The Broken West

I Can't Go On, I'll Go On

(Merge; 2007)

By David Greenwald | 21 October 2007

Even when it was called the Brokedown a mere EP ago, the Broken West never sounded like a band about to collapse. On I Can't Go On, I'll Go On, its debut album and first release on Merge, it's that title's second half that the group lives by. The Dutchman's Gold EP (2005) showed off the band's ramshackle side, matching fuzzy rockers such as "Down In The Valley" with pedal steel ballads ("Sparks"), and it never sounded as well put together as this. The Broken West has come into its own, unveiling a rough-edged, expertly crafted power-pop sound that pays tribute to Big Star and the Replacements without sacrificing its rowdy individuality.

"Down in the Valley" is the only holdover from the EP, and it fits well here. It's an exuberant, guitar-driven track that evokes the band's Western imagery: "Sundown, blood horizon / Now it feels all right / No one feels the darkness down in the valley tonight." Opener "On the Bubble" introduces piano to the band's mix, an instrument that plays pacesetter through much of the album. The song -- emblematic of the album itself -- is sharp and tight, compacted into brief sections that transition flawlessly. The band's songs are less convoluted than those of, say, the New Pornographers; still, what's surprising is just how good the band has gotten at crafting such involved melodic structures. The potential was evident on the EP, but to hear it so fully realized on songs such as "So It Goes," where the vocal melody leads right down into the guitar line, or "Hale Sunrise," which builds slowly to parallel the hesitance of the refrain, is immensely satisfying.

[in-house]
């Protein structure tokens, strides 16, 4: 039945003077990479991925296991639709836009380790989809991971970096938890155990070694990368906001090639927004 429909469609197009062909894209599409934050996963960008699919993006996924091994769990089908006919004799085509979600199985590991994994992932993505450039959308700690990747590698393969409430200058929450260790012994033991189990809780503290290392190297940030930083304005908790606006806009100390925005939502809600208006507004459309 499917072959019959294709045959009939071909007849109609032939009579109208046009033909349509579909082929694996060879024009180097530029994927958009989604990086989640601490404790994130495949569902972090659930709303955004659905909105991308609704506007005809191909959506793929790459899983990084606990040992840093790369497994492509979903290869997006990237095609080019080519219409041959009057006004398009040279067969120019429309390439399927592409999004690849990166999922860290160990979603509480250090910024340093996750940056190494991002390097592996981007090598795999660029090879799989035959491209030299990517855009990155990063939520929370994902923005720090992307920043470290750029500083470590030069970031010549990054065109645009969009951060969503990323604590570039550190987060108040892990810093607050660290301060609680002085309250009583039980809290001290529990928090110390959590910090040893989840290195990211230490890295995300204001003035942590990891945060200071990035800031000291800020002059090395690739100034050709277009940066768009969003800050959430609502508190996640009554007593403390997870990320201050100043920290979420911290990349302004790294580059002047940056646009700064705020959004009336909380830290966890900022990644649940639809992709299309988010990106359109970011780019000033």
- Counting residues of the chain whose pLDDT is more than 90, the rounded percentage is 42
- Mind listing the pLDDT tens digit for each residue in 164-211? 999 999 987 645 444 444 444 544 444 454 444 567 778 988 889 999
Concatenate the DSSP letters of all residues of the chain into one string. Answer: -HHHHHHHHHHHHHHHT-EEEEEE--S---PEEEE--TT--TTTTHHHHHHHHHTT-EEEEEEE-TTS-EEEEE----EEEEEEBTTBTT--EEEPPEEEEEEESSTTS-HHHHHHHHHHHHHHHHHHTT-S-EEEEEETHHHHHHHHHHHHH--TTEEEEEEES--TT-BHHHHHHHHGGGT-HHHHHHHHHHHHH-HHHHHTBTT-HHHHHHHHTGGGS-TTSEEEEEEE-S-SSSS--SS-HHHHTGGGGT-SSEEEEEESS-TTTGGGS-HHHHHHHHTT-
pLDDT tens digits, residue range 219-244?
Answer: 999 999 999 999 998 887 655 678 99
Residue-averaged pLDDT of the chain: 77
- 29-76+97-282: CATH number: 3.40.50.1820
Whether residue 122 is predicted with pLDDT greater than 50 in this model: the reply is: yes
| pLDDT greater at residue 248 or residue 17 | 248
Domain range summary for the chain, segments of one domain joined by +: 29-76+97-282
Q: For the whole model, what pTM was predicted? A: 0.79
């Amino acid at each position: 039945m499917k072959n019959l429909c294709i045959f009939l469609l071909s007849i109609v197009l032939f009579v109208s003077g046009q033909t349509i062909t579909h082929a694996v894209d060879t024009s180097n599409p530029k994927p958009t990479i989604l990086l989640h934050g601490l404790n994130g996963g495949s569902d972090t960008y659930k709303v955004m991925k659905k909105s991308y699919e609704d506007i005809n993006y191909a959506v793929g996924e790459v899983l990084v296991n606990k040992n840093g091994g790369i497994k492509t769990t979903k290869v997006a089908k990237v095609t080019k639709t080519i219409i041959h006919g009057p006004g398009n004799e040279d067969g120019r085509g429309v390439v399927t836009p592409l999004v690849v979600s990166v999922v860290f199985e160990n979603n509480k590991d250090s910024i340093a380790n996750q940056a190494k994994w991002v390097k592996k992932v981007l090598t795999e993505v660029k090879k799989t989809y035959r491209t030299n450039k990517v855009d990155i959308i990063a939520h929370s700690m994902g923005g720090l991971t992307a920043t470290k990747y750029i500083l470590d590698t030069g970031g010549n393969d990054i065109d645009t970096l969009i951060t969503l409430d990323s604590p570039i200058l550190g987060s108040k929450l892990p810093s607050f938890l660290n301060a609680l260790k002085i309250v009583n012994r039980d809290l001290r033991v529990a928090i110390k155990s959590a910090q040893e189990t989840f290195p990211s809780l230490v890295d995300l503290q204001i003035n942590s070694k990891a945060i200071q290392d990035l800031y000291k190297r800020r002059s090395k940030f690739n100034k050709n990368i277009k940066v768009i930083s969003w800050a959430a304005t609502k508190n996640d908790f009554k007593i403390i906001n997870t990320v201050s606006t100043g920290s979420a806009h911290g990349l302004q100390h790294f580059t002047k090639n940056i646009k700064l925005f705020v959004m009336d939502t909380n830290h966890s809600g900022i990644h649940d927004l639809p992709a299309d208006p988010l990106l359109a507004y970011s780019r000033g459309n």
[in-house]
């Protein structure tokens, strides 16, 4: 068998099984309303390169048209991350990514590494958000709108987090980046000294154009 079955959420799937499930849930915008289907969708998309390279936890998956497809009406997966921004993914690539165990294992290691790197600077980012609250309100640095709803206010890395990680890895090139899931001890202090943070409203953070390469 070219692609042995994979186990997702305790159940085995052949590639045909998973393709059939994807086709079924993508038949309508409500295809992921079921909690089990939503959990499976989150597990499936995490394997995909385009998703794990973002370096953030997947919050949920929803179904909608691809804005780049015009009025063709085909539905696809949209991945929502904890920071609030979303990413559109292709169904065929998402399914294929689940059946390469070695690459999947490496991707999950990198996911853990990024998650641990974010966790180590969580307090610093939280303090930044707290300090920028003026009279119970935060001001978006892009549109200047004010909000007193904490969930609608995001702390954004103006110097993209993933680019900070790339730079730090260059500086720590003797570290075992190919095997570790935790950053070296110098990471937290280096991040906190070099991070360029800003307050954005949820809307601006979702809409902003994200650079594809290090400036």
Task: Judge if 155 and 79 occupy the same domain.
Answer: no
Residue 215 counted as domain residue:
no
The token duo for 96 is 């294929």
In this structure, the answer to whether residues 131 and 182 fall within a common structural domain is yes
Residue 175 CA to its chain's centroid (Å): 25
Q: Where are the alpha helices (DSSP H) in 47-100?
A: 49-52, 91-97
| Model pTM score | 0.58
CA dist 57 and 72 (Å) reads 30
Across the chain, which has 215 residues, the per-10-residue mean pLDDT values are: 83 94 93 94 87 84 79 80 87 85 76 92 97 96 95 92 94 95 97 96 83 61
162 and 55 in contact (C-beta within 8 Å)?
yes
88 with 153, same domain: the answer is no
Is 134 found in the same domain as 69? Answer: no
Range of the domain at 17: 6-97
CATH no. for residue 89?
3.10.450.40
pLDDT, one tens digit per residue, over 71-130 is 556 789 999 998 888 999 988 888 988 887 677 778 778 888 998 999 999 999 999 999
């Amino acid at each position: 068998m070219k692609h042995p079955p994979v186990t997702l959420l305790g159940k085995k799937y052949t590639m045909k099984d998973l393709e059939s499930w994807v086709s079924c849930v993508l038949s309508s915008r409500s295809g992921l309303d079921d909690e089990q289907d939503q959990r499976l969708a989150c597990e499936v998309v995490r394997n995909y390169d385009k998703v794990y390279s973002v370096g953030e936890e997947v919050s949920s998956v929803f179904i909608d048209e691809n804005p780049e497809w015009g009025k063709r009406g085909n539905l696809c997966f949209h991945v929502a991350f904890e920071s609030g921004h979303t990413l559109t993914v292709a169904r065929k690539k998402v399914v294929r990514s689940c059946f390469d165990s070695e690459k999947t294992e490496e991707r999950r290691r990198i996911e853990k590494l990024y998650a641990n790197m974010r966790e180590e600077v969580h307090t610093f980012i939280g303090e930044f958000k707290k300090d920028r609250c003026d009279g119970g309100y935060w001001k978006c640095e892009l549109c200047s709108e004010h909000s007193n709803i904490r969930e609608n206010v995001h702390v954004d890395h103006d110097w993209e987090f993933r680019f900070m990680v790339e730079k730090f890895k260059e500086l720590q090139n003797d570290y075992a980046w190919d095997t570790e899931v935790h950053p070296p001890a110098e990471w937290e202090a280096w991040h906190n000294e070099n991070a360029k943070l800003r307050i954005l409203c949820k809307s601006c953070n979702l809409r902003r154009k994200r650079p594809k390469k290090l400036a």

Singer/guitarist Ross Flournoy, writer or co-writer of the majority of the group's songs, treats his place in the driver's seat with due responsibility. He wavers between a masculine croon and a more raw-throated approach, depending on the song. On "Baby On My Arm," he's all tenderness and heart; "Down in the Valley" finds him shouting the chorus with beer on his breath. Whether they're doing rockers or softer stuff, the band nails it on every song. While references are easy to come by -- "Baby On My Arm" wouldn't be out of place on a recent Ryan Adams record or an older Paul Westerberg disc, and "You Can Build an Island" is a dead ringer for the Beatles' "And Your Bird Can Sing" -- the Broken West has established a style for itself that always feels worn-in and natural.

The band has become a creature of raucous song, capable of digging out pop hooks like handfuls of pennies from a fountain. The only gripe one might have with the album is the thickness of its production: on headphones, the energetic group sounds a little cramped. But maybe that's just because it's hard not to sing along. This is an album made for car trips by a band best suited for noisy bars; you're going to want to play it loud.